3 Best Ways to Invest for Retirement

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Most people cut it too close with their retirement savings; according to the Transamerica Center for Retirement Studies, the median nest egg for a person in their 60s is just $172,000. Such a low amount leaves little room for emergencies and living expenses, let alone something to bring joy in your golden years.

Getting your retirement savings started as soon as possible is vital. Here are three great ways to do that.

Image source: Getty Images.

Start with the easy money

Your parents or grandparents might have enjoyed a pension for their retirement, but the 401(k) has largely replaced it as the employer-sponsored retirement tool most know today.

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Employees can contribute a percentage of their annual pay up to $20,500 of gross income, more if you’re older than 50. It comes out of your paycheck before the government withholds payroll taxes, which lowers your taxable income for that year, though you pay taxes later on when you withdraw the money.

However, the best part of a 401(k) plan is the common employer match, where your job matches your contributions up to a percentage of your salary. For example, let’s say you make a gross salary of $100,000 and contribute 10% annually, or $10,000. If your employer matches up to 5%, it’s contributing an extra $5,000 to your 401(k) plan. That means your annual savings rose 50%; best of all, it’s free money! However, you don’t get it if you don’t participate, so make sure to fund your 401(k) plan, especially if your company matches your contributions.

You must wait until age 59 1/2 to withdraw money from your 401(k) or you’ll incur penalties unless you meet certain conditions, so this is a long-term tool for retirement savings.

Now add in some tax savings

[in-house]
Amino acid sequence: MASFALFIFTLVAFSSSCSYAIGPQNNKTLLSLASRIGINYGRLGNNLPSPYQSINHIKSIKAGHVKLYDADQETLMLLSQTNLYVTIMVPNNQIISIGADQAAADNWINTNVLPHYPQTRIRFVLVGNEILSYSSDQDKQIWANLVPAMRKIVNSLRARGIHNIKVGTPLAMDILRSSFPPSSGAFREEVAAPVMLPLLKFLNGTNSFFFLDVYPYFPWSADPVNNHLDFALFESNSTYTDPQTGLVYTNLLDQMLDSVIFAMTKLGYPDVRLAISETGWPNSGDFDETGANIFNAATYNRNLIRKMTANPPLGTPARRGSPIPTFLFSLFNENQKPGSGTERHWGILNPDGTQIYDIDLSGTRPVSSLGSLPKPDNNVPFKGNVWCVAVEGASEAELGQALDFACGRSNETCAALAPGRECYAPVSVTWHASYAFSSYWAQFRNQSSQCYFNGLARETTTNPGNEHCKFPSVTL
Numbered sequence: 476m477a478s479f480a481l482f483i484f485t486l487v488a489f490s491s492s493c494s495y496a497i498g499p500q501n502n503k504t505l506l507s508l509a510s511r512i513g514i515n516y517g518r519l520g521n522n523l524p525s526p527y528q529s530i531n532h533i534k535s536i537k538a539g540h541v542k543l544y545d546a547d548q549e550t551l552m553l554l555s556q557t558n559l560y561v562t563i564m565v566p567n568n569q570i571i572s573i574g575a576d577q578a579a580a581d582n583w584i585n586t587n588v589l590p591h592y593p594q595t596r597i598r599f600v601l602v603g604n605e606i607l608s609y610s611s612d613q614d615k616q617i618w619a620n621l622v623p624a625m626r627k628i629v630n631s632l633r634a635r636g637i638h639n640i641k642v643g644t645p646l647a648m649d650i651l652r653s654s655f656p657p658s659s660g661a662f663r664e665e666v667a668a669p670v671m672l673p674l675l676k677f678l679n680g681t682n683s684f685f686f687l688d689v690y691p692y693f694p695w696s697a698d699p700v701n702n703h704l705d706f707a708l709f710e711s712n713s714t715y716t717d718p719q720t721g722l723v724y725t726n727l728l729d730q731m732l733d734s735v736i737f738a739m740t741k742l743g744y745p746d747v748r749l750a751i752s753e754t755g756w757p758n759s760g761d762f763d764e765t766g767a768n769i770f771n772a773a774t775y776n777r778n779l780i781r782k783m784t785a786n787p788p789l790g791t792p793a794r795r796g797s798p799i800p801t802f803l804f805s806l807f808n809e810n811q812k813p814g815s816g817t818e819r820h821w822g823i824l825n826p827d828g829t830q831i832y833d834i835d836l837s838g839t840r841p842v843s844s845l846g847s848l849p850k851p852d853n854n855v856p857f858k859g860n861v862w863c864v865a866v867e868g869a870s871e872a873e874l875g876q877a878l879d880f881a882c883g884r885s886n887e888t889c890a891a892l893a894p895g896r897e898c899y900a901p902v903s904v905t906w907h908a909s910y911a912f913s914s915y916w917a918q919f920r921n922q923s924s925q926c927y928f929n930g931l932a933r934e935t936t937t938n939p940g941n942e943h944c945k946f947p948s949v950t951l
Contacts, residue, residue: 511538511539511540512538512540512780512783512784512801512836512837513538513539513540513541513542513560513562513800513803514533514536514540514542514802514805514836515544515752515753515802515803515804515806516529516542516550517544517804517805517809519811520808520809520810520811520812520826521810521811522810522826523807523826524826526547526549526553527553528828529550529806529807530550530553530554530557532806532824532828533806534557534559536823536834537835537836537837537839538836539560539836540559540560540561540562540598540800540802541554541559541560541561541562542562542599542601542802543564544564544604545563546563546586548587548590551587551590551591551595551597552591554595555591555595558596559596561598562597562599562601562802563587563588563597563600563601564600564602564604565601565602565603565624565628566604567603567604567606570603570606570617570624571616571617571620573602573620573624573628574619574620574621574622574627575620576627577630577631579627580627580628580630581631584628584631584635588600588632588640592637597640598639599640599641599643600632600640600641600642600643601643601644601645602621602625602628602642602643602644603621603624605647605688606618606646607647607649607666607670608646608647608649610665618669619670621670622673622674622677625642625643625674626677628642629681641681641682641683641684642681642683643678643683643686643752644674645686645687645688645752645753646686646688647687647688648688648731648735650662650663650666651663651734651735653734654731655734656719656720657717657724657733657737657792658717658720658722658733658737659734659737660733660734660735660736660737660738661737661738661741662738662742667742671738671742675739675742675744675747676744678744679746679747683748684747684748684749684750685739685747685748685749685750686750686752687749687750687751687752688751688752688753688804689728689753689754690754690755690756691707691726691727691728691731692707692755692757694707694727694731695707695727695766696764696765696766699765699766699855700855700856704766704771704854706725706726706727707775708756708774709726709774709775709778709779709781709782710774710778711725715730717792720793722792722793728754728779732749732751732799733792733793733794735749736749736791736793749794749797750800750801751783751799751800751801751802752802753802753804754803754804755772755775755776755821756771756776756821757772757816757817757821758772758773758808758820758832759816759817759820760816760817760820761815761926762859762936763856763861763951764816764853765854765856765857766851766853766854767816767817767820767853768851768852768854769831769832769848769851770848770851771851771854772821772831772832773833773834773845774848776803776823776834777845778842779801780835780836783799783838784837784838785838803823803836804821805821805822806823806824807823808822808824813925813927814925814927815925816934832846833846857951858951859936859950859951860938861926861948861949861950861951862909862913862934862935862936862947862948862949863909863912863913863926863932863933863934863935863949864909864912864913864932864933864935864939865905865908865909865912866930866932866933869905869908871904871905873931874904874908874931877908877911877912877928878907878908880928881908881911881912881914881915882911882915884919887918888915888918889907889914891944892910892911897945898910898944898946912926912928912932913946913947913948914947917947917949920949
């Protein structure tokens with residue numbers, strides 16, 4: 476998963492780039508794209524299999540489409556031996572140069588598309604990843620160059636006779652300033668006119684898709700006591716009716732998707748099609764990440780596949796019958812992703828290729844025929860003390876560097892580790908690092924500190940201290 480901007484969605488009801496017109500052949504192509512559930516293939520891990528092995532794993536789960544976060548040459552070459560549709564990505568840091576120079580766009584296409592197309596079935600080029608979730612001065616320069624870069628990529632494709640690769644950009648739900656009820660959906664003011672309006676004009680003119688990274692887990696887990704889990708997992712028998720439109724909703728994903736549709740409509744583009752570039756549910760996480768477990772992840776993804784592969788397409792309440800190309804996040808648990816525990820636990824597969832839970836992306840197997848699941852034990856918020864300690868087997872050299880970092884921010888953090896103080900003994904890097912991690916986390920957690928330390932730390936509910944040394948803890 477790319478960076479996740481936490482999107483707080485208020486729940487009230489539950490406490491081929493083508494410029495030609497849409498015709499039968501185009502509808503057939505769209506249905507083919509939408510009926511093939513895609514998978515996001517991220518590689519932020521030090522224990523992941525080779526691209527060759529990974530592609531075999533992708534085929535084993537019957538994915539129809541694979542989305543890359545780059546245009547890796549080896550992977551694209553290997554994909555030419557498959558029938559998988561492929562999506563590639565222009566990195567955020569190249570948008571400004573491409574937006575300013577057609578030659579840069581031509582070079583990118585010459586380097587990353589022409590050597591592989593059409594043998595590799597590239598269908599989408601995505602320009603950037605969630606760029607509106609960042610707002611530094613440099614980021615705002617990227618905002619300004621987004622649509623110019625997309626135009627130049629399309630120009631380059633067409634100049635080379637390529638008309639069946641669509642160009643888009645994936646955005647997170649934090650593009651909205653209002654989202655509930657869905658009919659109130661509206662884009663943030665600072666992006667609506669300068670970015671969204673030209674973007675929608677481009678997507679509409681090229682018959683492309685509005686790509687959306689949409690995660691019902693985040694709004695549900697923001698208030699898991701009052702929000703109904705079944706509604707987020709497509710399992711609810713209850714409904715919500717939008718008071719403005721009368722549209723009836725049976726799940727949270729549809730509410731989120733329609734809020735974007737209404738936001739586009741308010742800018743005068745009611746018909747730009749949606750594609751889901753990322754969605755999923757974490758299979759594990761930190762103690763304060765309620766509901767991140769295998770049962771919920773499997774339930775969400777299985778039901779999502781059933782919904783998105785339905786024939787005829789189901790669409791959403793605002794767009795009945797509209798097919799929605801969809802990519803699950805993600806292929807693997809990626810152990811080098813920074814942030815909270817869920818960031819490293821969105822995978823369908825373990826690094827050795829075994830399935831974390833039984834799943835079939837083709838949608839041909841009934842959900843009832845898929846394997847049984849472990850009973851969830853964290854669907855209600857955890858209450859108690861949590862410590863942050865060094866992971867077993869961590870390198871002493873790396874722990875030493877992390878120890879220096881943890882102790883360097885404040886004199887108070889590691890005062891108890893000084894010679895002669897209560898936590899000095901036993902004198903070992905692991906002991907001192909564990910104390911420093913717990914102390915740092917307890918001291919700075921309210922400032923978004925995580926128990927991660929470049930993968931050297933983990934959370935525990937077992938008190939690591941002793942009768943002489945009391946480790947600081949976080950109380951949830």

A Roth IRA can work in tandem with a 401(k) to supercharge your nest egg. It’s an individual retirement account (IRA) to which individuals can contribute take-home pay.

Roth IRAs have some great perks; first, you’re putting taxed money into the account, so you don’t pay taxes when you withdraw it later. In other words, your money is growing tax-free.

Second, the account requires you to wait until age 59 1/2 to withdraw your earnings (unless you meet certain conditions), but you can take out your contributions at any time.

Now, the government knows how sweet of a deal a Roth IRA can be, so they limit your annual contributions to just $6,000 annually, or $7,000 if you’re older than 50. Additionally, income limits prevent high earners from utilizing this fantastic and flexible financial tool.

With a dash of flexibility

You can use a standard investment account to fill in the financial gaps of your retirement strategy. Most retirement accounts encourage you to save until your golden years, which is excellent but can limit your financial flexibility when you’re younger.

Suppose your retire early; retirement accounts might have rules about how much you can take out, especially if you’re doing so before the traditional retirement age — 59 1/2 for many plans — with fees and penalties if you break those rules.

A regular investment account has no limits, making it a great option once your retirement accounts are taken care of.

Remember this key point

There isn’t an exact plan for the perfect retirement; you must build a strategy around what works best for you. Whatever you do, remember that building your nest egg through multiple types of accounts will give you the ultimate freedom to enjoy your golden years.

Consider the pros and cons of each account type, and you’ll build a financial safety net that can work, no matter what life throws at you.

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